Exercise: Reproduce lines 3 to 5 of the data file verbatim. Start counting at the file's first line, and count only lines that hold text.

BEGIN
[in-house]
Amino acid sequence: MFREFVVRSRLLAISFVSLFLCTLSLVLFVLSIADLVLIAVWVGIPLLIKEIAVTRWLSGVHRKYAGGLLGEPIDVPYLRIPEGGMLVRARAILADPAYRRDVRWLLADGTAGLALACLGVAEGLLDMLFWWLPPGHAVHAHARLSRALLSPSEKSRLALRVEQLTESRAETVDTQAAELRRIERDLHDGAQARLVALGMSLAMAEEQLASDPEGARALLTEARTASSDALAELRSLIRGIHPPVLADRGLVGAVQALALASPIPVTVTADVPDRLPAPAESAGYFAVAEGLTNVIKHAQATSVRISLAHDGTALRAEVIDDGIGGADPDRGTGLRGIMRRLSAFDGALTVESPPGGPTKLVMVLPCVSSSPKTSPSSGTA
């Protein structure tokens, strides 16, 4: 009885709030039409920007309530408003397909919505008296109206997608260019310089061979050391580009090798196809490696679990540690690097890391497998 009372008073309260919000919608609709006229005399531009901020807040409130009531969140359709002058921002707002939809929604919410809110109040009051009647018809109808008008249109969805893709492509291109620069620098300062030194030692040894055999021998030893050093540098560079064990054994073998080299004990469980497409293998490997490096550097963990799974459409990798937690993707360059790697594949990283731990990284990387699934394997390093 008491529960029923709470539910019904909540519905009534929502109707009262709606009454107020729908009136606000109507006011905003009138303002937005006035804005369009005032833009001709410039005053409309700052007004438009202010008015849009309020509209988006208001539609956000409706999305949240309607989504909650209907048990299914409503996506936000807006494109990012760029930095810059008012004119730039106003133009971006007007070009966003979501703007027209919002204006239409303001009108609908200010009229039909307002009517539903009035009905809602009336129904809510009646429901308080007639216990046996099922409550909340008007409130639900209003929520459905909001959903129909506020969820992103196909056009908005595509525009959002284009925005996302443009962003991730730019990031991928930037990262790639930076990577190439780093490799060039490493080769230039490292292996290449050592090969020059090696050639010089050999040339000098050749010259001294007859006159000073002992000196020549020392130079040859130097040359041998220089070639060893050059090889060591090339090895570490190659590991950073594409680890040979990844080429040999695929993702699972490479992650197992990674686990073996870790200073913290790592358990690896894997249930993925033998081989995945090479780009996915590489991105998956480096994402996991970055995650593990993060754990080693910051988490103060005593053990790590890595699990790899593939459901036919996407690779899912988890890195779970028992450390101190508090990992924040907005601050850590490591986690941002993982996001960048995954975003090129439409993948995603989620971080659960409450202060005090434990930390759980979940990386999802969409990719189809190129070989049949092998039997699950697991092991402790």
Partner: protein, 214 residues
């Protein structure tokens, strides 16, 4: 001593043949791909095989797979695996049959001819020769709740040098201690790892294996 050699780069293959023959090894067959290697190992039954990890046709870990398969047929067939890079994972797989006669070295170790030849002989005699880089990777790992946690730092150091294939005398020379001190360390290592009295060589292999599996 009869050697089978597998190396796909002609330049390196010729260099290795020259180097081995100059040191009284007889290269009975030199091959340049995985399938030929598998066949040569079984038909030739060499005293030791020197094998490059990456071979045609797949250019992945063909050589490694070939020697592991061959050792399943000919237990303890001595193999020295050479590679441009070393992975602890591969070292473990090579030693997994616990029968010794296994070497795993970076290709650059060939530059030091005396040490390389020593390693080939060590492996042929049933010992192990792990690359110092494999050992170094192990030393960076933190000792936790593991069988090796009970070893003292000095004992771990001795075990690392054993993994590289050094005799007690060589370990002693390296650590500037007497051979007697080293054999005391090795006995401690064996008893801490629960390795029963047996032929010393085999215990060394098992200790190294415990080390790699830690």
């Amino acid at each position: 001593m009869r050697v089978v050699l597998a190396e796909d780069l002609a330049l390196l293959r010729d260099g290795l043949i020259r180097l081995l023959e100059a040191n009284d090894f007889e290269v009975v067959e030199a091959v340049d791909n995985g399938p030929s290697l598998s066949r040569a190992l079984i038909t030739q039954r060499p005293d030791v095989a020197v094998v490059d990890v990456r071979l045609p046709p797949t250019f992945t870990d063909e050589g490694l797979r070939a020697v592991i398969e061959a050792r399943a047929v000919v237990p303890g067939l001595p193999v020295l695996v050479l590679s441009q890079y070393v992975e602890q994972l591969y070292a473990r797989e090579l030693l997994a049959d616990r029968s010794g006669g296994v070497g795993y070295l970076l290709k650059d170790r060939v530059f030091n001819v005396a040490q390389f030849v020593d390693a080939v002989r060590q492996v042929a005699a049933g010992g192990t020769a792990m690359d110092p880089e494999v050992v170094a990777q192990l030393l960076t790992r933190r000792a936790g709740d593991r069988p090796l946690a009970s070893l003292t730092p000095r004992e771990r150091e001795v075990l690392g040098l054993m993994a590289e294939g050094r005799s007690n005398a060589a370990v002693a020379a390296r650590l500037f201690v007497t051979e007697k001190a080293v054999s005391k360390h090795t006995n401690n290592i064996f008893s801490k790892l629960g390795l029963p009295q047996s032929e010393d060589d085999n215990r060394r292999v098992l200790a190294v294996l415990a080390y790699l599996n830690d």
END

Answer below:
């Protein structure tokens, strides 16, 4: 009885709030039409920007309530408003397909919505008296109206997608260019310089061979050391580009090798196809490696679990540690690097890391497998 009372008073309260919000919608609709006229005399531009901020807040409130009531969140359709002058921002707002939809929604919410809110109040009051009647018809109808008008249109969805893709492509291109620069620098300062030194030692040894055999021998030893050093540098560079064990054994073998080299004990469980497409293998490997490096550097963990799974459409990798937690993707360059790697594949990283731990990284990387699934394997390093 008491529960029923709470539910019904909540519905009534929502109707009262709606009454107020729908009136606000109507006011905003009138303002937005006035804005369009005032833009001709410039005053409309700052007004438009202010008015849009309020509209988006208001539609956000409706999305949240309607989504909650209907048990299914409503996506936000807006494109990012760029930095810059008012004119730039106003133009971006007007070009966003979501703007027209919002204006239409303001009108609908200010009229039909307002009517539903009035009905809602009336129904809510009646429901308080007639216990046996099922409550909340008007409130639900209003929520459905909001959903129909506020969820992103196909056009908005595509525009959002284009925005996302443009962003991730730019990031991928930037990262790639930076990577190439780093490799060039490493080769230039490292292996290449050592090969020059090696050639010089050999040339000098050749010259001294007859006159000073002992000196020549020392130079040859130097040359041998220089070639060893050059090889060591090339090895570490190659590991950073594409680890040979990844080429040999695929993702699972490479992650197992990674686990073996870790200073913290790592358990690896894997249930993925033998081989995945090479780009996915590489991105998956480096994402996991970055995650593990993060754990080693910051988490103060005593053990790590890595699990790899593939459901036919996407690779899912988890890195779970028992450390101190508090990992924040907005601050850590490591986690941002993982996001960048995954975003090129439409993948995603989620971080659960409450202060005090434990930390759980979940990386999802969409990719189809190129070989049949092998039997699950697991092991402790």
Partner: protein, 214 residues
């Protein structure tokens, strides 16, 4: 001593043949791909095989797979695996049959001819020769709740040098201690790892294996 050699780069293959023959090894067959290697190992039954990890046709870990398969047929067939890079994972797989006669070295170790030849002989005699880089990777790992946690730092150091294939005398020379001190360390290592009295060589292999599996 009869050697089978597998190396796909002609330049390196010729260099290795020259180097081995100059040191009284007889290269009975030199091959340049995985399938030929598998066949040569079984038909030739060499005293030791020197094998490059990456071979045609797949250019992945063909050589490694070939020697592991061959050792399943000919237990303890001595193999020295050479590679441009070393992975602890591969070292473990090579030693997994616990029968010794296994070497795993970076290709650059060939530059030091005396040490390389020593390693080939060590492996042929049933010992192990792990690359110092494999050992170094192990030393960076933190000792936790593991069988090796009970070893003292000095004992771990001795075990690392054993993994590289050094005799007690060589370990002693390296650590500037007497051979007697080293054999005391090795006995401690064996008893801490629960390795029963047996032929010393085999215990060394098992200790190294415990080390790699830690």